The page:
Don’t Be Cheap

Don't Be Cheap

On the way to work the other day, I stopped off for a cup of coffee. Yes, I’ve started drinking coffee — though I usually brew it at home — but that’s not really the point.

The point here is that, while I was at the coffee shop, a guy walked in and asked for change for a dollar and a cup of ice water. He then proceeded to buy a newspaper from the machine outside and come back in to sit down and read the paper while sipping his free (to him) cup of water.

Maybe I’m just grumpy, but… Seriously? Who has the audacity to walk into a business, ask for a free cup of water (which actually costs the coffee shop money), and then take up space that could be used by paying customers.

Don’t be cheap. Either buy something or don’t go there. Sure, he bought the paper. But that was from a machine outside, and that money doesn’t go to the coffee shop. It goes to the newspaper.

Yes, they have a sign on the door saying that their space (and internet, etc.) is reserved for paying customers. The guy behind the counter could have refused, but it was an awkward situation, and he let it slide.

Okay, I’ve said piece.

What do you think? Was he out of line? Or is this an acceptable practice?

27 Responses to “Don’t Be Cheap”

  1. Anonymous

    I think judging people when we do not have all the facts is a waste of energy and not a way I want to spend the time of my life. Judging people even when we think do have all the facts …if they aren’t causing harm
    why bother . there is so much more to pay attention to.
    The shop manager did not take action, and it was his business to do so..or not. I think we are all just Bozos on the bus. ;0)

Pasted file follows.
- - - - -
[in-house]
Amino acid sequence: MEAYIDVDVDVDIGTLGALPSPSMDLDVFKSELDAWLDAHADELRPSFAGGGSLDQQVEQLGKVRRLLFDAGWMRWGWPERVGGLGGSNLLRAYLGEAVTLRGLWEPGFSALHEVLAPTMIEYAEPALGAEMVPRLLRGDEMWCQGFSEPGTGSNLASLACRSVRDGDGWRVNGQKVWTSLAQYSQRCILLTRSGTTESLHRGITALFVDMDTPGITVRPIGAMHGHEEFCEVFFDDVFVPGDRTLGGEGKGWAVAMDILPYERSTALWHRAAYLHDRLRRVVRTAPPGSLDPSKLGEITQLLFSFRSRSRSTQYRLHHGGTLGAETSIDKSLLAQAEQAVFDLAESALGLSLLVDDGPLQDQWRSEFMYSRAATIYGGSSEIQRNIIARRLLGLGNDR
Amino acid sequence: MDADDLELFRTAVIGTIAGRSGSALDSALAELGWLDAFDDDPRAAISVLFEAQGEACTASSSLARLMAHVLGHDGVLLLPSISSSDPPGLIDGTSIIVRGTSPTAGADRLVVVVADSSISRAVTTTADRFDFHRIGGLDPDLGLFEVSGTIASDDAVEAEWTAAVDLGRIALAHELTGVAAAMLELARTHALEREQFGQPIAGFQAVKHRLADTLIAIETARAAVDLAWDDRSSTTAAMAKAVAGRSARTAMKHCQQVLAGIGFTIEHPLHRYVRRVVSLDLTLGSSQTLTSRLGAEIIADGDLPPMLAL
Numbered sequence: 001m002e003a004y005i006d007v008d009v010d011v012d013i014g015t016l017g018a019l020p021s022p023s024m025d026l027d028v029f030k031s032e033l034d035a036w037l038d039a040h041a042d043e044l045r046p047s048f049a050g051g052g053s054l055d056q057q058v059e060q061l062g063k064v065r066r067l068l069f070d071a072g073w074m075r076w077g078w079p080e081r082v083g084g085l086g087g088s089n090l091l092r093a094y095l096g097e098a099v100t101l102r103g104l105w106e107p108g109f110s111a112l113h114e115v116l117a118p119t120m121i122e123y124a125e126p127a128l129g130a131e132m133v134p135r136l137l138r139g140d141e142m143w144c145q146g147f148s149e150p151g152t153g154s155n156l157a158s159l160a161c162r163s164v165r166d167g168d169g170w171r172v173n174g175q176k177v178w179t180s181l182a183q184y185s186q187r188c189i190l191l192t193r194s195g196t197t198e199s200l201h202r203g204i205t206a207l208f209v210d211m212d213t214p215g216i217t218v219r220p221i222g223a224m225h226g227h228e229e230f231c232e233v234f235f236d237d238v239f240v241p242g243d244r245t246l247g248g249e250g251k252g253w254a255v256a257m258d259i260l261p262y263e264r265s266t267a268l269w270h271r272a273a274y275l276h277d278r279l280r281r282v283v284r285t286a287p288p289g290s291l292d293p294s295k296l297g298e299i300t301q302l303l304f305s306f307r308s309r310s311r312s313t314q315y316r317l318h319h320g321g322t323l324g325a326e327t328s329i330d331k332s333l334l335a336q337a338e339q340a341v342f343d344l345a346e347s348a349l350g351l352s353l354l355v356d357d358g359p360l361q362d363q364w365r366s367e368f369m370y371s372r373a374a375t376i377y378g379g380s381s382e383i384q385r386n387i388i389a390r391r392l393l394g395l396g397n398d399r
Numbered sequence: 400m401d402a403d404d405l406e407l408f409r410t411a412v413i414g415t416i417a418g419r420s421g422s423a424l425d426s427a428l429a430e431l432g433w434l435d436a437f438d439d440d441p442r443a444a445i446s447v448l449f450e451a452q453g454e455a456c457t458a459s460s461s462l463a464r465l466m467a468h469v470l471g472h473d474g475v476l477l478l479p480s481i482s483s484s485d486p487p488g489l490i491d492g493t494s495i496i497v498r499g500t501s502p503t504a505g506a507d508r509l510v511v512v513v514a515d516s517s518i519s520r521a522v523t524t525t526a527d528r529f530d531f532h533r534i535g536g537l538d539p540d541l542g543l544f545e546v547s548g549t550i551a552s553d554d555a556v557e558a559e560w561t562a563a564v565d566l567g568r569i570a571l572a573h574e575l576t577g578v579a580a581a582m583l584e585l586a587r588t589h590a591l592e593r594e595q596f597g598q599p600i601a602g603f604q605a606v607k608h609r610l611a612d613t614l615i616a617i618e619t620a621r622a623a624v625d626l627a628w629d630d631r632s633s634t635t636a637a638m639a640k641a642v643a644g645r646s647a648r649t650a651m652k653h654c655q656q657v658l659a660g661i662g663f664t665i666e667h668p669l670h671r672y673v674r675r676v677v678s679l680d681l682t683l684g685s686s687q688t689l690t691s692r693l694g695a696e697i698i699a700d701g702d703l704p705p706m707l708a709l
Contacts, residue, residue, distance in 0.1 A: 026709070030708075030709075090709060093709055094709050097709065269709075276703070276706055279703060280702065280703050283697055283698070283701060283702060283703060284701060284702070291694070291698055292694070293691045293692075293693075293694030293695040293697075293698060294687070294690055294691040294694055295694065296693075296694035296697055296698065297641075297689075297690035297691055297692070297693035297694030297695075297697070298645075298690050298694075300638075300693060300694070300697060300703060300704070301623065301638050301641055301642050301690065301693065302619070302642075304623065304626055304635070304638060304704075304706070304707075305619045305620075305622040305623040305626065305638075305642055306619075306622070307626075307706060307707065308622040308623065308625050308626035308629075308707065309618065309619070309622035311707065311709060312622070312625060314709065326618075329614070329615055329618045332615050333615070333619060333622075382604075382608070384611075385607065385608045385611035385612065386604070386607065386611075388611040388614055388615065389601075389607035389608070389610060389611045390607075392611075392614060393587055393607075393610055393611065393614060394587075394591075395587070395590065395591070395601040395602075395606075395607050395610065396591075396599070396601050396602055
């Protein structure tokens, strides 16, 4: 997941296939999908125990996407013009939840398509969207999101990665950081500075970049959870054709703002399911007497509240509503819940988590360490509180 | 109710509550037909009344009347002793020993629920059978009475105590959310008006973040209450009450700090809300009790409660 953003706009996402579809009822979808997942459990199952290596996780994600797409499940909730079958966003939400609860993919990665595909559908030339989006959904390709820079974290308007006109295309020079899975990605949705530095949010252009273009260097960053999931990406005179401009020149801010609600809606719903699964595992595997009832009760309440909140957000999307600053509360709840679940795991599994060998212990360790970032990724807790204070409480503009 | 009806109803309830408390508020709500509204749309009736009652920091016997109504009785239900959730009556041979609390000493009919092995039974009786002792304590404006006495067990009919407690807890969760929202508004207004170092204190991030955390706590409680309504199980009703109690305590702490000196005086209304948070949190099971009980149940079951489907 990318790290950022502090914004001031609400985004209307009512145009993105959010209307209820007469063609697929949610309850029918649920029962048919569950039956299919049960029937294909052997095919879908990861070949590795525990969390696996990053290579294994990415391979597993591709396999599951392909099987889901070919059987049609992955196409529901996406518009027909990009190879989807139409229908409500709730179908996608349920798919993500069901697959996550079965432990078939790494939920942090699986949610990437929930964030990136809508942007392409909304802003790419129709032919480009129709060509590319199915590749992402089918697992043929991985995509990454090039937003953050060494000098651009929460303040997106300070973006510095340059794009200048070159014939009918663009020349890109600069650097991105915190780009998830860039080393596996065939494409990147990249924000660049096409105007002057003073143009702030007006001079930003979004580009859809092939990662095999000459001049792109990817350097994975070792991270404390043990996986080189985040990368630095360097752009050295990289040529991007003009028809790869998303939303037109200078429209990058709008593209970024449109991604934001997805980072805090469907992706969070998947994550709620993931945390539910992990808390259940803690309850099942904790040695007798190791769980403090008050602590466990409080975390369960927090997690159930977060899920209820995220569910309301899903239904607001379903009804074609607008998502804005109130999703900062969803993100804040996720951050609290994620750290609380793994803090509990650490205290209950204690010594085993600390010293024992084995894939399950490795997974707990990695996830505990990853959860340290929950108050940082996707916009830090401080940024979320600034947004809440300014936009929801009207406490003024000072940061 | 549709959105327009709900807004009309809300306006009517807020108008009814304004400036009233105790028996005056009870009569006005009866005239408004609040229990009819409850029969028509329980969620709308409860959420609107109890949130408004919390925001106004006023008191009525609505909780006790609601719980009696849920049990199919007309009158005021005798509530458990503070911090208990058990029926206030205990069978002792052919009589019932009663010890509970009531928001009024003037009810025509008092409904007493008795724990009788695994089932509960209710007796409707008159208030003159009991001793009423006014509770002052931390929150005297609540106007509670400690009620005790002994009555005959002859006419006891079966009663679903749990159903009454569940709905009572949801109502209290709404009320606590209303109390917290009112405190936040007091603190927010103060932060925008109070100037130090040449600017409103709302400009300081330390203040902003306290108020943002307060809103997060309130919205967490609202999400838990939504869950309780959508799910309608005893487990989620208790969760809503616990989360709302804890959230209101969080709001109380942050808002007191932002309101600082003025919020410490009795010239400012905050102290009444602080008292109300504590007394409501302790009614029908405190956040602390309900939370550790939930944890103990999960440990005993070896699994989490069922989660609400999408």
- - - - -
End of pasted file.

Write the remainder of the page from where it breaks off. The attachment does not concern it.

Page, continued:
2. Anonymous

    Okay, it’s just a thought, but my first impression what that this guy must be unemployed.

    In order to be psychologically in the game, you still need to be ‘out there in the world’ even though you don’t feel like crawling out of bed, let alone leaving the house when uselessness and discouragement set in.

    If that is his situation, hopefully the public does not make him feel bad, I’d personally be on the edge in a situation like that and not come out at all anymore if I were looked down upon.

    Who knows, he might just be cheap, but on the chance it’s something like I stated here; I’d give the guy a smile and hello.

  3. Anonymous

    @Matt – I don’t think it is really the five cents that bothers her – its that (as you note) it is customary to receive water for free in the US. If a restaurant wants to charge for it they have the right, but she should have been made aware there was a charge. It would be like finding a charge on your hotel bill for using the soap they provide in the room. Most people are willing to pay for their own supplies, but when a thing is typically complimentary it is irksome to be charged for it without warning. I’ve been charged for water cups before, and I don’t mind because they usually tell me ahead of time. I know they have to pay for the cup, and 5 or 10 cents isn’t a big deal, but I would feel the same way she does if I was charged without being told.

  4. Anonymous

    Some people just don’t drink coffee, and outside of a bar, there are not too many places to gather. At a minimum, the compnay should’ve charged a nickel for the cup.

    Tough times out there…

  5. Anonymous

    Yeah, complain about paying 5 pennies for water. Americans take everything for granted. Where I come from, in Germany, you don’t get a water at a restaurant unless you ask for it; it costs about the same as a beer.

    Needless to say, I was surprised to get a water with my Coca-Cola at a restaurant in the U.S. without me asking. I was embarrassed after inquiring whether I would be charged for it only to find out it was “complimentary”. I also felt it was an enormous waste to give me a water I did not intend to drink.

  6. Anonymous